The NC Insider reports that Monday is the last day to comment on proposed rules for compensating people who were involuntarily sterilized by the states Eugenics Board from 1929 to 1974.
Once the rules are set, officials will begin reaching out to people who have submitted information with the Justice for Sterilization Victims Foundation to make claims, Department of Administration spokesman Chris Mears told The Insider last week.
The rules are being written by the North Carolina Industrial Commission, which will also handle distributing the restitution.
Its not known how many victims could come forward but estimates have put the number at fewer than 200.
The legislature set aside $10 million to handle all claims that are verified.
The claims period ends June 30, and Mears told The Insider that his office was doing its best to get the word out to potential victims.
The compensation program was part of the state budget passed during the recent legislative session, and had strong support from House Speaker Thom Tillis. The law also ensures that state records of sterilization victims remain private.
More than 7,600 adults and children were forcibly sterilized in North Carolina in a eugenics effort that disproportionately affected black residents. North Carolina is the first in the nation to offer restitution.
More information on the rules and filing a claim can be found at www.ic.nc.gov/news.html#hot
Comments may be submitted to Abigail M. Hammond by email at email@example.com, by fax at 919-715-0282, or by mail at 4336 Mail Service Center, Raleigh, NC 27699-4336.
The hotline number for the Office of Justice for Sterilization Victims is 877-550-6013.
Challengers say never mind
It was a week for changing your mind about campaigning.
On Friday, Jim Duncan, the chairman of the Chatham County Republican Party, announced that he was not going to challenge Republican Rep. Renee Ellmers next May in the GOP primary for the 2nd District.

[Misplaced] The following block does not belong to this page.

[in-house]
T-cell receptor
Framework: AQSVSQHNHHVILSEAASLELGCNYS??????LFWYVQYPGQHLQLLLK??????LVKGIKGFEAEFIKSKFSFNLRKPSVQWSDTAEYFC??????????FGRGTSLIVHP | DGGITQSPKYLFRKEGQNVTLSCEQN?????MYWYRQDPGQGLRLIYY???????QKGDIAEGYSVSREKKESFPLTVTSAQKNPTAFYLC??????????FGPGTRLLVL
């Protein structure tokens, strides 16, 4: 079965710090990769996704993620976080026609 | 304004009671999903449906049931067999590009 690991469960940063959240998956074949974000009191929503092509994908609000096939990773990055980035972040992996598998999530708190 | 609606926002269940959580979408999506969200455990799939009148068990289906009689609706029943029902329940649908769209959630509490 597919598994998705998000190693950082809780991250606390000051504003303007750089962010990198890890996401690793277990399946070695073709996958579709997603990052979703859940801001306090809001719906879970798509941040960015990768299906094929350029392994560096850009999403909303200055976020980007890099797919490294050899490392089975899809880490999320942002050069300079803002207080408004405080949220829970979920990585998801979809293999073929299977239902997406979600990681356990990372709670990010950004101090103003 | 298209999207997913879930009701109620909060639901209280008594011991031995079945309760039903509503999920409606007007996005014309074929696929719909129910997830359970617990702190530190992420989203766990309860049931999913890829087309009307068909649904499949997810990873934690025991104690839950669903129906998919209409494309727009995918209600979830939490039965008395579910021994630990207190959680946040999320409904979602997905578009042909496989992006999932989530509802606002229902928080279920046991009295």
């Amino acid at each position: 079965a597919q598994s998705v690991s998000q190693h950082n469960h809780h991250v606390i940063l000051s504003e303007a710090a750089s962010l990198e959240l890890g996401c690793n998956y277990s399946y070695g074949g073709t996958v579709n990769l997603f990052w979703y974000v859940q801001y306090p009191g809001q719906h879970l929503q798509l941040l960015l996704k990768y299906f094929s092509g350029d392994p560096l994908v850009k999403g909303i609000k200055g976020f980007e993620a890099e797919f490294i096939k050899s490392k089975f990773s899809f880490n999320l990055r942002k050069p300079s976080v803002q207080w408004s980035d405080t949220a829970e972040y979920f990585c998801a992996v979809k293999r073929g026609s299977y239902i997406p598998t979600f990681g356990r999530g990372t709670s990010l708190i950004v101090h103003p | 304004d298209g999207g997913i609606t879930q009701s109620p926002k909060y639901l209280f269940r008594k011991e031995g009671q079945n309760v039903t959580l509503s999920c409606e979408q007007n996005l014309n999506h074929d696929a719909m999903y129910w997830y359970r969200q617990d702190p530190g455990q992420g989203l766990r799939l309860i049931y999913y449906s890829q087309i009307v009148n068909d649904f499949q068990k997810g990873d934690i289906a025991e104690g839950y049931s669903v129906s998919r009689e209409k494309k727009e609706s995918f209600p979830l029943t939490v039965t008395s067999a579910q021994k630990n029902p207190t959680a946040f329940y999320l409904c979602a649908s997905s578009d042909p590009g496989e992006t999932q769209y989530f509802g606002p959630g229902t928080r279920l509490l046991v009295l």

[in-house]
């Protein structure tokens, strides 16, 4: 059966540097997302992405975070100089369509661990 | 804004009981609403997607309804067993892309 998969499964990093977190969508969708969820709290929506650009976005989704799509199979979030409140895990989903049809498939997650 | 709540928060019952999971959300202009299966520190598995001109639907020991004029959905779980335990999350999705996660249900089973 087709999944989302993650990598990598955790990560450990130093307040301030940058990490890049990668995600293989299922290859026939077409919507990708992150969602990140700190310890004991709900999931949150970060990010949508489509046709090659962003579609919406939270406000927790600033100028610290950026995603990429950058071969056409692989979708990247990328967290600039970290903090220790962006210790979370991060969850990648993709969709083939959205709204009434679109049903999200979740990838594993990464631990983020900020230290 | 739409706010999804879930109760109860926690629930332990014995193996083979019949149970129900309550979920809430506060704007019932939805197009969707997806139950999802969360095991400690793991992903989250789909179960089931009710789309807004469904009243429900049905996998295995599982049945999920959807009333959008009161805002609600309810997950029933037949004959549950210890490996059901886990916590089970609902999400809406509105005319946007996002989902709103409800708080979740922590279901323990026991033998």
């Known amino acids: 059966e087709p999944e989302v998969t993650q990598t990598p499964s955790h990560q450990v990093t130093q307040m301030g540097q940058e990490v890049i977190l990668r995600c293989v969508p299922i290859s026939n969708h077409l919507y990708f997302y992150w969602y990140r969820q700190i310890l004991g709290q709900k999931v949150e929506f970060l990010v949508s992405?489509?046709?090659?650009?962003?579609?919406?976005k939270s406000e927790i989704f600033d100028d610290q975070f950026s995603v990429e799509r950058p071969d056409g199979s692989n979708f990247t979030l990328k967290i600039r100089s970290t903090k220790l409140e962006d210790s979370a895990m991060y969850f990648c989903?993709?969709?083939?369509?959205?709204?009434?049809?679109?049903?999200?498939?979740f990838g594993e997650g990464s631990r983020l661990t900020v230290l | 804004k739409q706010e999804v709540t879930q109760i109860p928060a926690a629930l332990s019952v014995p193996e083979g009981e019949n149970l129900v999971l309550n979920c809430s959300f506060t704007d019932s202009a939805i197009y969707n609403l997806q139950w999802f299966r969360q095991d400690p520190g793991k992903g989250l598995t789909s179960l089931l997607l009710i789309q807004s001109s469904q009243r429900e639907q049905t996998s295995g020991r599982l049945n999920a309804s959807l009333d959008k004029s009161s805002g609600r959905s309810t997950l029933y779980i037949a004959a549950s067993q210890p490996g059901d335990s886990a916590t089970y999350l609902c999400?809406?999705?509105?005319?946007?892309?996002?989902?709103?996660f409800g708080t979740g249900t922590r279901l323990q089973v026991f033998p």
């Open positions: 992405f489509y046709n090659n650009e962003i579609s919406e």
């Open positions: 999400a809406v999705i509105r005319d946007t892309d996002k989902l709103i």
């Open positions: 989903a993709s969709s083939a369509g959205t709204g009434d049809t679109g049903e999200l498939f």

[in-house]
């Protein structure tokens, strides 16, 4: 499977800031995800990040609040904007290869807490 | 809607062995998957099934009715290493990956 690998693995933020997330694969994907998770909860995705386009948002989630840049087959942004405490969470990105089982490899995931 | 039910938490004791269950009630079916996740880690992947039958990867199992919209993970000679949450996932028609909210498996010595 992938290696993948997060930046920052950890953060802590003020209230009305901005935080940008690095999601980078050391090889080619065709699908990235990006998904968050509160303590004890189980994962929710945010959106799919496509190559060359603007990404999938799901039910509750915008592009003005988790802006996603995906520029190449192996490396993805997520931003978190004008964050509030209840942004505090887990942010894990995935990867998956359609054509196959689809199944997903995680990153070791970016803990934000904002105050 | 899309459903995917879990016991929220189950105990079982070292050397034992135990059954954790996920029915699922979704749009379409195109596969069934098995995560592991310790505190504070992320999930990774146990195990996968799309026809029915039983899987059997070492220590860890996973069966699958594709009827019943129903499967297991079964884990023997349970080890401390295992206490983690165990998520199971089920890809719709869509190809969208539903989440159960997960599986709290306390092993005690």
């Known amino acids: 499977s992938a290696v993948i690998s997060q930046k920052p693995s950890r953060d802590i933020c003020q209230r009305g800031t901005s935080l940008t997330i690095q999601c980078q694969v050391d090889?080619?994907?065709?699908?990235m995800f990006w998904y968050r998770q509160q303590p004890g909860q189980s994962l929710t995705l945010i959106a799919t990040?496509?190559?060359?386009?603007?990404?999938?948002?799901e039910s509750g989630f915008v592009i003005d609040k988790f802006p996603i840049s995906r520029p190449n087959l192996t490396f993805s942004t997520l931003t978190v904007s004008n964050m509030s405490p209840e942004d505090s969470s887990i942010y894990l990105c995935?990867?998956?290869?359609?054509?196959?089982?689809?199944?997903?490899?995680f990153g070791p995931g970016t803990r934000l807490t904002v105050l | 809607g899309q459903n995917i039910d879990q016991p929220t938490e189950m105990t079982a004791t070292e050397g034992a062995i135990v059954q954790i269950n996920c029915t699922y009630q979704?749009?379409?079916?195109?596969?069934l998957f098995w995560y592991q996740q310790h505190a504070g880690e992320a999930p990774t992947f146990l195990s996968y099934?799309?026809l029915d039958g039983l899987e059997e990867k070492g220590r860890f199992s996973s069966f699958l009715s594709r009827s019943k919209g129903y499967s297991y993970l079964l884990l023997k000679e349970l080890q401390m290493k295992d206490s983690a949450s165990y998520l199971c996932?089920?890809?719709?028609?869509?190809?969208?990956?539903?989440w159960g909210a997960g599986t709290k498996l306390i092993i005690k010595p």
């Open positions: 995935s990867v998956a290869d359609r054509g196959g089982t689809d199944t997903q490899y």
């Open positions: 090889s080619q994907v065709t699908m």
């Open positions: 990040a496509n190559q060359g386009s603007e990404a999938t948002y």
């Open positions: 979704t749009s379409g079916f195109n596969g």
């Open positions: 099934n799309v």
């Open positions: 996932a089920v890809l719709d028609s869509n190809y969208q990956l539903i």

His decision came after Ellmers bowed to pressure from the furthest right of her party and voted to defund the government over the new health care law.
In making his announcement, Duncan said he realized he could have greater impact by carrying on his fight outside Congress.
Duncan was potentially a serious challenger to Ellmers. He is co-founder of the grass-roots organization The Coalition for American Principles, and as a successful businessman would have been able to partially finance his campaign.
Ellmers is still likely to get GOP primary opposition. Frank Roche, a Cary investor and radio talk show host, is exploring entering the primary.
Duncans announcement was preceded Thursday by one from James Protzman, an early gubernatorial candidate. After seven months of campaigning, the Chapel Hill Democrat wrote on his blog that hed had enough. He called the way candidates had to curry favor sickening and wrote that the shallowness of the electorate is depressing.
Three candidates = three no votes
The three major candidates for North Carolinas Republican U.S. Senate primary all say they would have voted no last week on the congressional measure to end the federal shutdown and avert a default.
The Senate passed the measure 81-18 on Wednesday. Both North Carolina senators Republican Richard Burr and Democrat Kay Hagan voted in the majority. (Only three of the states nine GOP House members, Robert Pittenger, Howard Coble and Patrick McHenry, voted for the bill, which passed the House on the strength of Democratic votes.)
But three Republicans vying for Hagans seat opposed the bill. Heres a sample of what they said:
• House Speaker Thom Tillis: Kicking the can down the road does not solve any problems, it only creates a bigger mess. ... I could not have supported this legislation.
• Greg Brannon, the Cary physician endorsed by Kentucky Sen. Rand Paul on the day of the vote: If elected, I will not support a debt ceiling increase unless it includes real spending reform such as the elimination of our economys biggest threat, Obamacare.
• Charlotte pastor Mark Harris: I could not support a bill to increase the debt limit without a plan to reduce government spending, and lower taxes.
Staff writer Rob Christensen, the NC Insider and Charlotte Observer staff writer Jim Morrill contributed.
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